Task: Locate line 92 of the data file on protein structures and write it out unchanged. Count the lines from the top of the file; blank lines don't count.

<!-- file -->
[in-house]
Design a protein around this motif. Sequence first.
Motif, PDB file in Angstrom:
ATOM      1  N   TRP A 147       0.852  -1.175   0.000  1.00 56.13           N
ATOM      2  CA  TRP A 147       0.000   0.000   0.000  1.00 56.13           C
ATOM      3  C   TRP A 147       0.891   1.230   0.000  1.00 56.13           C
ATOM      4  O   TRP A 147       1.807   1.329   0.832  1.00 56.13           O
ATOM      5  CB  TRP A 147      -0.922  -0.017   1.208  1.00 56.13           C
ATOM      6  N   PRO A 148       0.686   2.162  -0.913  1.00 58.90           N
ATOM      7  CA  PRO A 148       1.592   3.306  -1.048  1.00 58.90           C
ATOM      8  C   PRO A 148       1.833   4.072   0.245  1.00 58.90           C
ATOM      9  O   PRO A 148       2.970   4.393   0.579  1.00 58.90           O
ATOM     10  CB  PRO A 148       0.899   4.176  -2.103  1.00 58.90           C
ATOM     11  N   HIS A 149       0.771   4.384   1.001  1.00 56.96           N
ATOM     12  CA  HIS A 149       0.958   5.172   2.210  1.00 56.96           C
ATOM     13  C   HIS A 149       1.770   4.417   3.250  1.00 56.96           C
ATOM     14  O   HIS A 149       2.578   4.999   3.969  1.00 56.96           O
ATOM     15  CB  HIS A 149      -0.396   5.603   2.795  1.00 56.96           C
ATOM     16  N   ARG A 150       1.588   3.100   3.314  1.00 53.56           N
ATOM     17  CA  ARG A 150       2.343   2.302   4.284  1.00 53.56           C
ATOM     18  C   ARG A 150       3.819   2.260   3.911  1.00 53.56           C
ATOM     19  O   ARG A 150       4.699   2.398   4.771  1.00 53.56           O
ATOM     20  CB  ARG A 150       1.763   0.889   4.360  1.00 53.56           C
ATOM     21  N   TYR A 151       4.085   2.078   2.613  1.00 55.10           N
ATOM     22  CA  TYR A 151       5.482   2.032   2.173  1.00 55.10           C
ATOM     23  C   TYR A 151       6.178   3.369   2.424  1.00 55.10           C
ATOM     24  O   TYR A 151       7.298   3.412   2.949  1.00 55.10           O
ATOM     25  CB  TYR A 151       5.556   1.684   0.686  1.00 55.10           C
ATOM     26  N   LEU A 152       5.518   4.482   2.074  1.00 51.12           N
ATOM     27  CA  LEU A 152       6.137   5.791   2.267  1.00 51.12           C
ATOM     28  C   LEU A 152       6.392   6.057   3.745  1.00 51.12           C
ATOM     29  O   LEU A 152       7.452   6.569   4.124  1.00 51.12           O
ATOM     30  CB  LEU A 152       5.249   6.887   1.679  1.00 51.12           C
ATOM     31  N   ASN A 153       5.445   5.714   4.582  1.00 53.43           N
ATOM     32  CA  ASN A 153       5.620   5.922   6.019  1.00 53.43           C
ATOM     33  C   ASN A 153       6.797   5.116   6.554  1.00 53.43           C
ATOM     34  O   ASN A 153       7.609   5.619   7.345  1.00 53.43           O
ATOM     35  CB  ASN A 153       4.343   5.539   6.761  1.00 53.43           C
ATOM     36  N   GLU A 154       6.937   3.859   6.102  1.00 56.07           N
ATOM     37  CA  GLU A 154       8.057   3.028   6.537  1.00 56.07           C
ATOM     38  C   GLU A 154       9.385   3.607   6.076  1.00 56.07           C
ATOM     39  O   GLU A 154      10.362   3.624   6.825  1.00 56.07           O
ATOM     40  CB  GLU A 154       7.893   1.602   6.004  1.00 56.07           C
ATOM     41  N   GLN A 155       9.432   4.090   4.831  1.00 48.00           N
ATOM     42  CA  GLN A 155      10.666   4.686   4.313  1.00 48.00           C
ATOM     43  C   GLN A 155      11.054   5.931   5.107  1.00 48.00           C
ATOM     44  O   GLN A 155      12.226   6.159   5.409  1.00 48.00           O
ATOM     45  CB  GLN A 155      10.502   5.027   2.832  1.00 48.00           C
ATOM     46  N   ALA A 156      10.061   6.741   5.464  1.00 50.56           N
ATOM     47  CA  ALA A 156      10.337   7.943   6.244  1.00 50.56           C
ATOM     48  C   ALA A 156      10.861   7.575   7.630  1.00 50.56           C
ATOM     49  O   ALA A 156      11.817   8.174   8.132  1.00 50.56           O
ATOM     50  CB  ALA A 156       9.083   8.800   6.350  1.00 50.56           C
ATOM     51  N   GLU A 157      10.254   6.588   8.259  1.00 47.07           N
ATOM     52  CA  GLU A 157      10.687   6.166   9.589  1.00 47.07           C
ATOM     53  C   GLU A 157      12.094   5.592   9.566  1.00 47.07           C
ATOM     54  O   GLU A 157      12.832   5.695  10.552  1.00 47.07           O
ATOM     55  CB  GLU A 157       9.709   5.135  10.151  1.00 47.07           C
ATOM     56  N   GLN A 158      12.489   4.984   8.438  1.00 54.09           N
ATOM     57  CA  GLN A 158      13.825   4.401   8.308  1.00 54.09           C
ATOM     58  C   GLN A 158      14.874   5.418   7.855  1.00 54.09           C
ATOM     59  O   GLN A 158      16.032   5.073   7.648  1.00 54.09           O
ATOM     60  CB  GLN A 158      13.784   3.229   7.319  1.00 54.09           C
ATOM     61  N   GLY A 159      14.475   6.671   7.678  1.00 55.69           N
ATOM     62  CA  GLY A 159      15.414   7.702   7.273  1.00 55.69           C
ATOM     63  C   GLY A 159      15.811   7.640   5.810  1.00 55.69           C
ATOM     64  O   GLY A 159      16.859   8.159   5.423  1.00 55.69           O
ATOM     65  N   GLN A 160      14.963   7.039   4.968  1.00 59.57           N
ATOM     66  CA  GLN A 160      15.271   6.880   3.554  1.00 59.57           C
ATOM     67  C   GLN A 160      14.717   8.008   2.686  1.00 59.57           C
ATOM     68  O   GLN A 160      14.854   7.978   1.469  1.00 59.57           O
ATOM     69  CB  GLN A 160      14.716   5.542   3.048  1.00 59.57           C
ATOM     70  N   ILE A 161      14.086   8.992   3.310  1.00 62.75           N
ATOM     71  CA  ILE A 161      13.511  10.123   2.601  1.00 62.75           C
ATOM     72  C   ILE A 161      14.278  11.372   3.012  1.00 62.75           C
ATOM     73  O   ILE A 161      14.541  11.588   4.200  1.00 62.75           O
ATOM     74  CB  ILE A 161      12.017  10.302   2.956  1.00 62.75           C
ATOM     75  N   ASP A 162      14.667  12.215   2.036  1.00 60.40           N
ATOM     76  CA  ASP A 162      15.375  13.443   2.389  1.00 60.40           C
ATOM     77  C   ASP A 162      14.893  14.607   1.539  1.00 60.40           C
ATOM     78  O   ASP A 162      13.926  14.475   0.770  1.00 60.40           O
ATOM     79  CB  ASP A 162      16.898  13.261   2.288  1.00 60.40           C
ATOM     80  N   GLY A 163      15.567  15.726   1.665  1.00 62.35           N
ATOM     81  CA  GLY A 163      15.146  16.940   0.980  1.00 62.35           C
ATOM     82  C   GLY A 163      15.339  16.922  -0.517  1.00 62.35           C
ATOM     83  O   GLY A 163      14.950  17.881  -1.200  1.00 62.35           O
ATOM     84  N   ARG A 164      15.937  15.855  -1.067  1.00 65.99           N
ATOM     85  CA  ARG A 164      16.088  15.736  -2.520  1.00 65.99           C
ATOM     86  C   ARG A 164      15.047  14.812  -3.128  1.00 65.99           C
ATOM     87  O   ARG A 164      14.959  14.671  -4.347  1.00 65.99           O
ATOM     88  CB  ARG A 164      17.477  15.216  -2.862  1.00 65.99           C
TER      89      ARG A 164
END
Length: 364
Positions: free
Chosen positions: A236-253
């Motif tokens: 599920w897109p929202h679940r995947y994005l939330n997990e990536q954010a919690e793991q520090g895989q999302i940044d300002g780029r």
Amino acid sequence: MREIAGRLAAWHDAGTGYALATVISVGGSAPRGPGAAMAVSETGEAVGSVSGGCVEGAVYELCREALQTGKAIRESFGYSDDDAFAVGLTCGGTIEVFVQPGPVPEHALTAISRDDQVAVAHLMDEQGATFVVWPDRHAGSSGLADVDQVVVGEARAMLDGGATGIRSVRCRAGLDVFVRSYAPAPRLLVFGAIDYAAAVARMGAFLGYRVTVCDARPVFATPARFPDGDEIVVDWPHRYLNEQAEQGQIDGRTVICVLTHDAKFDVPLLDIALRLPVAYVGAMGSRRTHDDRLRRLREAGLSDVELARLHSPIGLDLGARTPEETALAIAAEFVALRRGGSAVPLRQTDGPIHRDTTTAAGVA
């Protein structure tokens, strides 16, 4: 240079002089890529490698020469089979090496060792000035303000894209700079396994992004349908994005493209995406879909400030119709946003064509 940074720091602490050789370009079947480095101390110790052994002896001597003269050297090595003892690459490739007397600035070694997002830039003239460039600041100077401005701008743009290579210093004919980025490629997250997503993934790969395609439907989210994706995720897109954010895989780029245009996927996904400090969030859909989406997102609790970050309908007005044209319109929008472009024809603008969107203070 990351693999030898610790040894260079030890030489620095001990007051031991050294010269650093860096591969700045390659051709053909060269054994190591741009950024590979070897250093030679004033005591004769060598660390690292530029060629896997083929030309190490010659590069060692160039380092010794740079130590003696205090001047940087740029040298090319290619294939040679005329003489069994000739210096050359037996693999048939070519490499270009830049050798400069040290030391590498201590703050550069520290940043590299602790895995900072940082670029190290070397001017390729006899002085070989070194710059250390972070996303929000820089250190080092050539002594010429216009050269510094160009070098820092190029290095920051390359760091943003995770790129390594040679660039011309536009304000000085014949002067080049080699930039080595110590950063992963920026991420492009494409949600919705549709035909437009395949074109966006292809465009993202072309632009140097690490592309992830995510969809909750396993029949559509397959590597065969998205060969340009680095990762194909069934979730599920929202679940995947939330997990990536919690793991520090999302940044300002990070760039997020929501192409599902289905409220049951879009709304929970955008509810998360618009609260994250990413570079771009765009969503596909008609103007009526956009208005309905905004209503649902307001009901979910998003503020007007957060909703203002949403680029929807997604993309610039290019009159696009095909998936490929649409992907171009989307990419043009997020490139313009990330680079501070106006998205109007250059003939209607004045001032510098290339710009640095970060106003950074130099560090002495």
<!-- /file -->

TER      89      ARG A 164